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    $\begingroup$ Well, To create boron based life, you start with something very, very stupid and then make it extremely boring. a bore + a moron == boron. QED. XD $\endgroup$ – EDL Feb 22 '20 at 21:33
  • $\begingroup$ One problem you are facing in a high temperature world (263K is high, most volatiles will stay gaseous) is that hydrogen will jump high in the atmosphere and become unavailable as a gas in places where acetylene stays. $\endgroup$ – Adrian Colomitchi Feb 23 '20 at 4:19

I am going to take the acetylene metabolism piece as the question.

Your heterotrophs get energy by hydrogenating acetylene. I wish I knew a better way of figuring enthalpies besides googling endlessly! I eventually found that this is an exothermic reaction at -262kJ/mole source which is what you would expect because carbon does not much like to get so friendly with other carbon as it must in acetylene. So: a good way for heterotrophs to get energy.

Now you need an autotroph that regenerates acetylene. Probably this will be something that uses radiant (or other) non chemical energy to catalyze the energetically unfavorable stripping of hydrogen from ethane and methane. The waste product is acetylene just like plants strip the carbon from CO2 and the waste product is O2. Your plants sequester the valuable hydrogen like our plants sequester reduced sugar.

How to hang on to that squirrelly hydrogen? You know it wants to leave for space. I proposed here What element would the hemoglobin content of methane-based life use? that a metal hydride could be used as a hydrogen carrying molecule. Or you could use boranes. Sulfur could be a good hydrogen carrier and it works that way on Earth, shuttling between sulfuric acid, elemental sulfur and oxidized sulfur.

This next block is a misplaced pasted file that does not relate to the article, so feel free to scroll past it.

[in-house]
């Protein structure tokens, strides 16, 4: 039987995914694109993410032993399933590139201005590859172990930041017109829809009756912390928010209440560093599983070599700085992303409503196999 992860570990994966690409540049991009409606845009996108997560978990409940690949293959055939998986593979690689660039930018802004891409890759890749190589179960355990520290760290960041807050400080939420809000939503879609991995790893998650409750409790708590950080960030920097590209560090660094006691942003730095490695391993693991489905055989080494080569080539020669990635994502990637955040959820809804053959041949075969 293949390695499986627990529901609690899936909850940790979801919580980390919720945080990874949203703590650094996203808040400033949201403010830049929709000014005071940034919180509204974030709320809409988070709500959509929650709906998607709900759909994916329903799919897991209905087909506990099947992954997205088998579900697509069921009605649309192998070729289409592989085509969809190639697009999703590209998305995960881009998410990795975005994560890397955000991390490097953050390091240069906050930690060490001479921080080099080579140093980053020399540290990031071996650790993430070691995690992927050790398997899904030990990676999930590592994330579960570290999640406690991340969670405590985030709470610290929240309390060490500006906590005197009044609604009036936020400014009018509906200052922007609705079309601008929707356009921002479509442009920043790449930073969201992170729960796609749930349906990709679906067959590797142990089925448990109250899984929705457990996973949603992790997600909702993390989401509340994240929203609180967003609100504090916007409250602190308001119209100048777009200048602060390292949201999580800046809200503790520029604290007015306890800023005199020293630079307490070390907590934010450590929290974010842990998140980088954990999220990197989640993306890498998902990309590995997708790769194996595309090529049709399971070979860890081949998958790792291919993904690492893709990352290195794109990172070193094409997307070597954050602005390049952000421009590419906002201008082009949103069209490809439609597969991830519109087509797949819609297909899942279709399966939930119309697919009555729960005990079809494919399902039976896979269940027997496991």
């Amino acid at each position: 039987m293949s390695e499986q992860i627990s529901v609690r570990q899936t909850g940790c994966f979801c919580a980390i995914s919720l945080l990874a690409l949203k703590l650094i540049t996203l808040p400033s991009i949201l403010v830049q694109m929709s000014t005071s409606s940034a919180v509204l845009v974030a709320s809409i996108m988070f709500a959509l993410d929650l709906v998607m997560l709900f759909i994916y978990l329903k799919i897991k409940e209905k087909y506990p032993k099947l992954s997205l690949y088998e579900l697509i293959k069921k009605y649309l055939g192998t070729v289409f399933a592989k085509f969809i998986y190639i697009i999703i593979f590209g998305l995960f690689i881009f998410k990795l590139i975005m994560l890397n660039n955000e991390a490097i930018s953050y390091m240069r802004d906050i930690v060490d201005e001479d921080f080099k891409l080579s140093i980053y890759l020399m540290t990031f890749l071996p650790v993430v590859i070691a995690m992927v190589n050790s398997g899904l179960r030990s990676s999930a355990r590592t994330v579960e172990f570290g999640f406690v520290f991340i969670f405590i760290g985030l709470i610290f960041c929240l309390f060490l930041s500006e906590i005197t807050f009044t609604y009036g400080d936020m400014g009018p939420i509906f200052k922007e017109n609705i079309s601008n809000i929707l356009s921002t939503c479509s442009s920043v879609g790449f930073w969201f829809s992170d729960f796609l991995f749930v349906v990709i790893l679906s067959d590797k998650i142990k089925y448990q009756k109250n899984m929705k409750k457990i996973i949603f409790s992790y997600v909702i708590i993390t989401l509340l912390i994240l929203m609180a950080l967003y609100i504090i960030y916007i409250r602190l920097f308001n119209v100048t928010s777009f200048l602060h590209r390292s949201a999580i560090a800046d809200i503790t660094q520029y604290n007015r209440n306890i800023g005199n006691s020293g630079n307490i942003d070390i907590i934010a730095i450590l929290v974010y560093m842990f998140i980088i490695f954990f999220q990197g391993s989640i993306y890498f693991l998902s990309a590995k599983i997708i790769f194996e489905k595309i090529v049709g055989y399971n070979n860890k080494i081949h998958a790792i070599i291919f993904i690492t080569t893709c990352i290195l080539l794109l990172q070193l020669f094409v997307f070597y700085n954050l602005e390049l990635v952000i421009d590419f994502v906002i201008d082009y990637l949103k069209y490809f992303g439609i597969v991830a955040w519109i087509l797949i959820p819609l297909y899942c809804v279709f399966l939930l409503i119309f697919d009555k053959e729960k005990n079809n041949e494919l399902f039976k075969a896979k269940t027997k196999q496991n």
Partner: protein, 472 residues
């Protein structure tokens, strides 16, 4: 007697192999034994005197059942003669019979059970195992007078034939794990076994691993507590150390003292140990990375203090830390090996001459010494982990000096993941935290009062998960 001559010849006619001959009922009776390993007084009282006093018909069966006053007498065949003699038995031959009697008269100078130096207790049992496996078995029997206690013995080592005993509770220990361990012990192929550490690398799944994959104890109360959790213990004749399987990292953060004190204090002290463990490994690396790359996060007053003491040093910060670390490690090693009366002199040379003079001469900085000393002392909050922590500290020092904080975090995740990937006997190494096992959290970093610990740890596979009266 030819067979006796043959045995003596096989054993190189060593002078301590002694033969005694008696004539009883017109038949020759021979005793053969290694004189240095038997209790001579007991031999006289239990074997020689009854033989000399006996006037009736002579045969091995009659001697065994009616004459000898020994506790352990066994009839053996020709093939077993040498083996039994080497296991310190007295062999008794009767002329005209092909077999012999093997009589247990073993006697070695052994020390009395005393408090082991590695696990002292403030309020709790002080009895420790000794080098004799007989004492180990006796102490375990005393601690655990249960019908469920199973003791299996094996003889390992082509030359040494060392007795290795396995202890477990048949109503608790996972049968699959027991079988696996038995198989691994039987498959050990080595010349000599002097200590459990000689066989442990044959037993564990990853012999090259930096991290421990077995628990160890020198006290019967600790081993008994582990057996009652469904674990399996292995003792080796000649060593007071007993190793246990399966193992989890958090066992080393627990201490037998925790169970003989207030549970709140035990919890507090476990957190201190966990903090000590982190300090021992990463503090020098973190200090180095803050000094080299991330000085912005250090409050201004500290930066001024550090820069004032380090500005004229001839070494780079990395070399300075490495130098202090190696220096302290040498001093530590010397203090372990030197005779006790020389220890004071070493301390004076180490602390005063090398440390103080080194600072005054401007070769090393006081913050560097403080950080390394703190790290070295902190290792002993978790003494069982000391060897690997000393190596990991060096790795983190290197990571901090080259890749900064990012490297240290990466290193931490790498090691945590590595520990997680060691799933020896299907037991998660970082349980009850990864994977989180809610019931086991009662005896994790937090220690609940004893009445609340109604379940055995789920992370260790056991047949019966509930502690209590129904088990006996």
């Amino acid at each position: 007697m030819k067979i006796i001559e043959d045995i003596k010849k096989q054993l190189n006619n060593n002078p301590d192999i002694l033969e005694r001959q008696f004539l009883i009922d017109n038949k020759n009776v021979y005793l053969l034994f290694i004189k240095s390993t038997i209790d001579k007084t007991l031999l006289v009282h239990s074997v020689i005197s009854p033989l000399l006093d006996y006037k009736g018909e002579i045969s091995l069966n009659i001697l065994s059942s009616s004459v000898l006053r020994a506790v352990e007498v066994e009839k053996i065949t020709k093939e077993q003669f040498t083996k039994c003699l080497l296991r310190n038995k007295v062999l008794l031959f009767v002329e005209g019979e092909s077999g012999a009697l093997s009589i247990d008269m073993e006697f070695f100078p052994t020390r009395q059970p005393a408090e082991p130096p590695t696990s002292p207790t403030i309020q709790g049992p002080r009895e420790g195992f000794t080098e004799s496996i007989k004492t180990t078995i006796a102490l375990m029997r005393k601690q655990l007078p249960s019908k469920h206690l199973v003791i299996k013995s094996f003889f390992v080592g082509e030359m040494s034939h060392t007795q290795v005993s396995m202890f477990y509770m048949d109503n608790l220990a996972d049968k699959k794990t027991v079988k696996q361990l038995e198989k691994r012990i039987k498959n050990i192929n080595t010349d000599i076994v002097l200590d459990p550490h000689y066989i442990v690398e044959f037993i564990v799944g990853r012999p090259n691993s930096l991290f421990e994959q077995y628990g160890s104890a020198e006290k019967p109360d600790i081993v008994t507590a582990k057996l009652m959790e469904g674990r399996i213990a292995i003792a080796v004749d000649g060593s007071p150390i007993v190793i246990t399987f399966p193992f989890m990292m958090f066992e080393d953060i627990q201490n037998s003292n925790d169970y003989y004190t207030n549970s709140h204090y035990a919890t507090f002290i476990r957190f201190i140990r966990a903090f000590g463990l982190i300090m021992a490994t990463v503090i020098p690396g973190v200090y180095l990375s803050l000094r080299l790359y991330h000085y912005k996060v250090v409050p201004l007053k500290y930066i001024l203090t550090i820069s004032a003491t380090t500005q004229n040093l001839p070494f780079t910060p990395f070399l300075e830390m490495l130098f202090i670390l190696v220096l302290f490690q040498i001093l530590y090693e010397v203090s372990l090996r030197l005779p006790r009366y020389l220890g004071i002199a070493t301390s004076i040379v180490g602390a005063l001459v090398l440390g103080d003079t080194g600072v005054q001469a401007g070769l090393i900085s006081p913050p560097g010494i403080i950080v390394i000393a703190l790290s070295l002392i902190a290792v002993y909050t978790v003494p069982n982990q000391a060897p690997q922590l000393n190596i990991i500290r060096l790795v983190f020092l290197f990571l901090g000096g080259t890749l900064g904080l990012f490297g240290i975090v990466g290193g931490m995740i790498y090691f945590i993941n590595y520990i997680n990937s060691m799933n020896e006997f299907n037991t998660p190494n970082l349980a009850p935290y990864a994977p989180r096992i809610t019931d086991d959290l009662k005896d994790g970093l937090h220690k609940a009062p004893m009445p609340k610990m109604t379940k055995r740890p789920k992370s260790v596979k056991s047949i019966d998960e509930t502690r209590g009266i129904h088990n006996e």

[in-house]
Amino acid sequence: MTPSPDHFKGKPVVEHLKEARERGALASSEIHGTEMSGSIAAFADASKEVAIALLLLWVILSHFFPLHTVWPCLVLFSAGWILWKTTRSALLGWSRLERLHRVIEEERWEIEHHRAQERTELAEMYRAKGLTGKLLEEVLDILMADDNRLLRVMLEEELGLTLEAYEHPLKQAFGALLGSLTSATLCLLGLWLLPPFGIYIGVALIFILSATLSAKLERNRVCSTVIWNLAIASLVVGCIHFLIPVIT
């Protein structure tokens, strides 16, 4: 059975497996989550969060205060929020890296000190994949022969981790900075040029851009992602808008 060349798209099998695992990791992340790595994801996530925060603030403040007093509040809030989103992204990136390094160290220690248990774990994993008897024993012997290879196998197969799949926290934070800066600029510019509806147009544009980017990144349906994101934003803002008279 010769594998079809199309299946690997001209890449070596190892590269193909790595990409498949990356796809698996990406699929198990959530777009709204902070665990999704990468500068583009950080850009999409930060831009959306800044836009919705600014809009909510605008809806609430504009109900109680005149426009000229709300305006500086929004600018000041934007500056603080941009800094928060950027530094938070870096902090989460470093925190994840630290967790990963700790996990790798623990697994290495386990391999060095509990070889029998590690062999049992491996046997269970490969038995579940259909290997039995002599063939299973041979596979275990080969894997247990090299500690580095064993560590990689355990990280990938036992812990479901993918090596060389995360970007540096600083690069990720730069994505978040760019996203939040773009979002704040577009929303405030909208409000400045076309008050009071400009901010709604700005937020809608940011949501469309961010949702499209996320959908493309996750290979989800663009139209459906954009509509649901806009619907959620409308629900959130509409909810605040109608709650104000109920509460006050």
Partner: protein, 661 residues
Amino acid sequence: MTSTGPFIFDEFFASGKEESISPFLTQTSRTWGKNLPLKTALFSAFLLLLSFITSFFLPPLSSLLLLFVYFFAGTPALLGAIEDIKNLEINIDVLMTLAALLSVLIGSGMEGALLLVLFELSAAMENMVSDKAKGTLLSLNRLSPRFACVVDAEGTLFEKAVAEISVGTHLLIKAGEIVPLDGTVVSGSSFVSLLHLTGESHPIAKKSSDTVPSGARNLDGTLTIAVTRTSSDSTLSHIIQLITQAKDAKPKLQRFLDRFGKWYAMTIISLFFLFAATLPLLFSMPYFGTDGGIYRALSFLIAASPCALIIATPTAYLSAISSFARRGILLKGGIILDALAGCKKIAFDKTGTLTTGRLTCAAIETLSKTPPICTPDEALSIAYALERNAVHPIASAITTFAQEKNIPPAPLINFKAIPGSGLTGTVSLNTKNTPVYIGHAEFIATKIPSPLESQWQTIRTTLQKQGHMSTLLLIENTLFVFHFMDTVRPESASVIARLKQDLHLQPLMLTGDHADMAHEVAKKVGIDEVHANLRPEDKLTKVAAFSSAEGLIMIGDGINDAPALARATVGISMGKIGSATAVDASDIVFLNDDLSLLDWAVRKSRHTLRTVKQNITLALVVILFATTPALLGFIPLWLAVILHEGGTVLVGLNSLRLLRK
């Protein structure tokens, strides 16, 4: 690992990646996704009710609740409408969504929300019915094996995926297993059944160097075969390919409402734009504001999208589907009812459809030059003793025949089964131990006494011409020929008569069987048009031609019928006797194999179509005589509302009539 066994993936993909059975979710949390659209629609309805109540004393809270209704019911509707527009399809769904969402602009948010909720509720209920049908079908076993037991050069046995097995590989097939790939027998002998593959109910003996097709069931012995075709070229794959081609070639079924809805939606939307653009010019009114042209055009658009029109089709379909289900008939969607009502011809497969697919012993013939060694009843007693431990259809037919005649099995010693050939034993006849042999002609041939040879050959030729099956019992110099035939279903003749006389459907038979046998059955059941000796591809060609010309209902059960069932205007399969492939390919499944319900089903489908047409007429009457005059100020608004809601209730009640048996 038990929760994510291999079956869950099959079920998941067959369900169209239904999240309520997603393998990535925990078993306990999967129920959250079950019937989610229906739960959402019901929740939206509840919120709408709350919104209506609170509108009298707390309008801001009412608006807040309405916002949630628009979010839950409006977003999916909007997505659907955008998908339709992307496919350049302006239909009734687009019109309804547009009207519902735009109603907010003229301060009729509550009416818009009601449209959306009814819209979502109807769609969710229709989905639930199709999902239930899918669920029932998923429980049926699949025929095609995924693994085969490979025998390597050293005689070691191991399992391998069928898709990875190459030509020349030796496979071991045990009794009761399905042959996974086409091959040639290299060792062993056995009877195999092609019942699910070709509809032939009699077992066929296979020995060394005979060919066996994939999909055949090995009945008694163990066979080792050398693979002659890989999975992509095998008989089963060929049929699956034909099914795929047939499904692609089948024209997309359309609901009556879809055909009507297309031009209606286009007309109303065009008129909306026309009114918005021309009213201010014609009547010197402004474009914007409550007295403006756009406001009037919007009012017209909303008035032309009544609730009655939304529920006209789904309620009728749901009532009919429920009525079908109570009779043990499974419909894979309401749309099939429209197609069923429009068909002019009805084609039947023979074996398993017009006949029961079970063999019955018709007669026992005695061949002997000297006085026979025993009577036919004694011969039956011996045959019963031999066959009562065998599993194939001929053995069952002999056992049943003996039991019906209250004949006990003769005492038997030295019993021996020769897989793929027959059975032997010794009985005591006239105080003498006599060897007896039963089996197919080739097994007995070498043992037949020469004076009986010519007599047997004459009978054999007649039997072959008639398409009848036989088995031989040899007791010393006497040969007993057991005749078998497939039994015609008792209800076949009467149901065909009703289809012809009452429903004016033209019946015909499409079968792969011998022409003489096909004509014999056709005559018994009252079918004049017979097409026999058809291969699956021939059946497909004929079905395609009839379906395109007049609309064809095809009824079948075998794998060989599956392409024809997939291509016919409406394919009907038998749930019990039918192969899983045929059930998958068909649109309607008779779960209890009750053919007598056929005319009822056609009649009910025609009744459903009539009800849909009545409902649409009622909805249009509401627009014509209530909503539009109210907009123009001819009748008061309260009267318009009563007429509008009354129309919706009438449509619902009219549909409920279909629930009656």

I will look at the broad aspect of a boron based life form and I suggest that any such life form is unlikely. The reason being that all examples of life we currently have experience of involve a very high level of complexity. Organic biochemistry offers more scope for complex compound formation than boron chemistry does by many orders of magnitude.

This is at least in part due to the fact that Boron only forms compounds with an oxidation state of three or less limiting its ability to connect to other atoms.

So although it can’t be ruled out entirely as the scope of even Boron chemistry is vast, it must be seen as being very unlikely. For those unfamiliar with the biochemistry of life and it’s complexity I suggest this link:

Metabolic pathways

And this is just a fragment of the full picture of reactions going on in the cells of organisms. Trying to replicate this or even part of this using an atom with an oxidation state of 3 rather than 4 would be challenging.

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    $\begingroup$ although this may seem like I can't take some criticism... I do find that naysaying and dismissing unlikely biochemistries doesn't help. I posted this with knowledge that boron biochemistries are far less versatile and far more rare than organic biochemistries. I've seen this argument multiple times, but I'm not looking for an alternative to boron. I want to explore it. $\endgroup$ – Everything Feb 22 '20 at 20:50
  • $\begingroup$ I was just trying to answer your question - are all of the things I described above a feasible system? The answer (unfortunately) is no they are not, sometimes that's just they way things are. But don't let me deter you from exploring the possibilities, I might be wrong and people here can come up with some surprisingly imaginative answers. $\endgroup$ – Slarty Feb 22 '20 at 21:01
  • $\begingroup$ Oh okay. Sorry for the misunderstanding. I wasn't really talking about whether boron was a likely system, I was talking about whether the compounds are feasible enough in the context of a boron biochemistry. Like, are there better compounds.. etc? $\endgroup$ – Everything Feb 23 '20 at 15:05